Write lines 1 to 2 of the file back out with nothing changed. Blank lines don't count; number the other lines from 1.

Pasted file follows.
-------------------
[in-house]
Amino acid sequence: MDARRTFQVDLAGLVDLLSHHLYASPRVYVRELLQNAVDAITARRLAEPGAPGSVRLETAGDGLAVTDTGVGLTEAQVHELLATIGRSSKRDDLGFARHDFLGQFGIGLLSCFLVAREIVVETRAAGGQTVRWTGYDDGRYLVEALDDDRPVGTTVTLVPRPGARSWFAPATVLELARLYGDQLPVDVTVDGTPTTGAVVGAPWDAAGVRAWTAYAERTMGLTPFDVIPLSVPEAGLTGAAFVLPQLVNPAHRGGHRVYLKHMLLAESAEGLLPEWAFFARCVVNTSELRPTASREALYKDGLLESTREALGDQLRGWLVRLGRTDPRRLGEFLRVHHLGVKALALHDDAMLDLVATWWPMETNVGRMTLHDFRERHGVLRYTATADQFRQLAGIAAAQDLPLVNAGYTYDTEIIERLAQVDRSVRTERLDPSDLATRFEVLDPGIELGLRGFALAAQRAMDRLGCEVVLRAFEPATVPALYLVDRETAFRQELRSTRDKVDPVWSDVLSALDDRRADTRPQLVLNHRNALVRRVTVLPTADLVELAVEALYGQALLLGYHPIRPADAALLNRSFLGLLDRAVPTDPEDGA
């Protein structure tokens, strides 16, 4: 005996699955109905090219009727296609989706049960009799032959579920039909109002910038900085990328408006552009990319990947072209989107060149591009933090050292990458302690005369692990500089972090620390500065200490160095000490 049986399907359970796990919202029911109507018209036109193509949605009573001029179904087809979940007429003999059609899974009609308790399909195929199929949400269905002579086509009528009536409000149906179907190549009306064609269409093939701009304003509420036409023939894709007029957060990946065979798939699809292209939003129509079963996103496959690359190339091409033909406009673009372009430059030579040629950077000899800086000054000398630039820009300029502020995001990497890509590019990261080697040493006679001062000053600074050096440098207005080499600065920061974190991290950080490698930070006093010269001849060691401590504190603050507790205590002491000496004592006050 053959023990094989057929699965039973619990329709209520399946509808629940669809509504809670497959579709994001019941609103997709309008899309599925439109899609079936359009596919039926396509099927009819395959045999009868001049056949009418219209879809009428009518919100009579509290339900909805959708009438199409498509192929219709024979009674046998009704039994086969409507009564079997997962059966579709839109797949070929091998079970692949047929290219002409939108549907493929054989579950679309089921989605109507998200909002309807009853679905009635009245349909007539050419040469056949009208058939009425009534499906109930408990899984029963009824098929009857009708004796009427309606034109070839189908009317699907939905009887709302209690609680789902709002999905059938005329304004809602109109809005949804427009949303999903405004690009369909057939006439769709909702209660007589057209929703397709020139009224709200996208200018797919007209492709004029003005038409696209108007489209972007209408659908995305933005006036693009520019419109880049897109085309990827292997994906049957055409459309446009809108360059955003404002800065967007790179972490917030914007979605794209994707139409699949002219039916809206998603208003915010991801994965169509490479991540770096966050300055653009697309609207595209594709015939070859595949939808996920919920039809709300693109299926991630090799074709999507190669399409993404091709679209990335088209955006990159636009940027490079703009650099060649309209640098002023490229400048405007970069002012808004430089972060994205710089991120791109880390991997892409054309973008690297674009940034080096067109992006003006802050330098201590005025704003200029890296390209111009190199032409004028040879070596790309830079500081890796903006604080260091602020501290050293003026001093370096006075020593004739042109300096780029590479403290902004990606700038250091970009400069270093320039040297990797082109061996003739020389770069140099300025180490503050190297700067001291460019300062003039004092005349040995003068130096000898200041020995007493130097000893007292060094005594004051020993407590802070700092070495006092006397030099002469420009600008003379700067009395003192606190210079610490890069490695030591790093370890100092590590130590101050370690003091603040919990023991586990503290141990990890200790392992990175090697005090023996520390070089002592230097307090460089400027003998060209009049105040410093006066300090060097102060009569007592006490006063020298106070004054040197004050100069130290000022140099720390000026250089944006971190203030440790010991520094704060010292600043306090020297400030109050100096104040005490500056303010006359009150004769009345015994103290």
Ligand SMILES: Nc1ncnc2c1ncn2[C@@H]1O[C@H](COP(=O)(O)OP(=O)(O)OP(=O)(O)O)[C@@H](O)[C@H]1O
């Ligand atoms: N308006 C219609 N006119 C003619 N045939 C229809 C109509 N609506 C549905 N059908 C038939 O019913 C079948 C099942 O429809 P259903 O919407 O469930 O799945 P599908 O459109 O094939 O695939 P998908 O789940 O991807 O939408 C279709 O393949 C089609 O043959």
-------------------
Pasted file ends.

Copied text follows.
[in-house]
Amino acid sequence: MDARRTFQVDLAGLVDLLSHHLYASPRVYVRELLQNAVDAITARRLAEPGAPGSVRLETAGDGLAVTDTGVGLTEAQVHELLATIGRSSKRDDLGFARHDFLGQFGIGLLSCFLVAREIVVETRAAGGQTVRWTGYDDGRYLVEALDDDRPVGTTVTLVPRPGARSWFAPATVLELARLYGDQLPVDVTVDGTPTTGAVVGAPWDAAGVRAWTAYAERTMGLTPFDVIPLSVPEAGLTGAAFVLPQLVNPAHRGGHRVYLKHMLLAESAEGLLPEWAFFARCVVNTSELRPTASREALYKDGLLESTREALGDQLRGWLVRLGRTDPRRLGEFLRVHHLGVKALALHDDAMLDLVATWWPMETNVGRMTLHDFRERHGVLRYTATADQFRQLAGIAAAQDLPLVNAGYTYDTEIIERLAQVDRSVRTERLDPSDLATRFEVLDPGIELGLRGFALAAQRAMDRLGCEVVLRAFEPATVPALYLVDRETAFRQELRSTRDKVDPVWSDVLSALDDRRADTRPQLVLNHRNALVRRVTVLPTADLVELAVEALYGQALLLGYHPIRPADAALLNRSFLGLLDRAVPTDPEDGA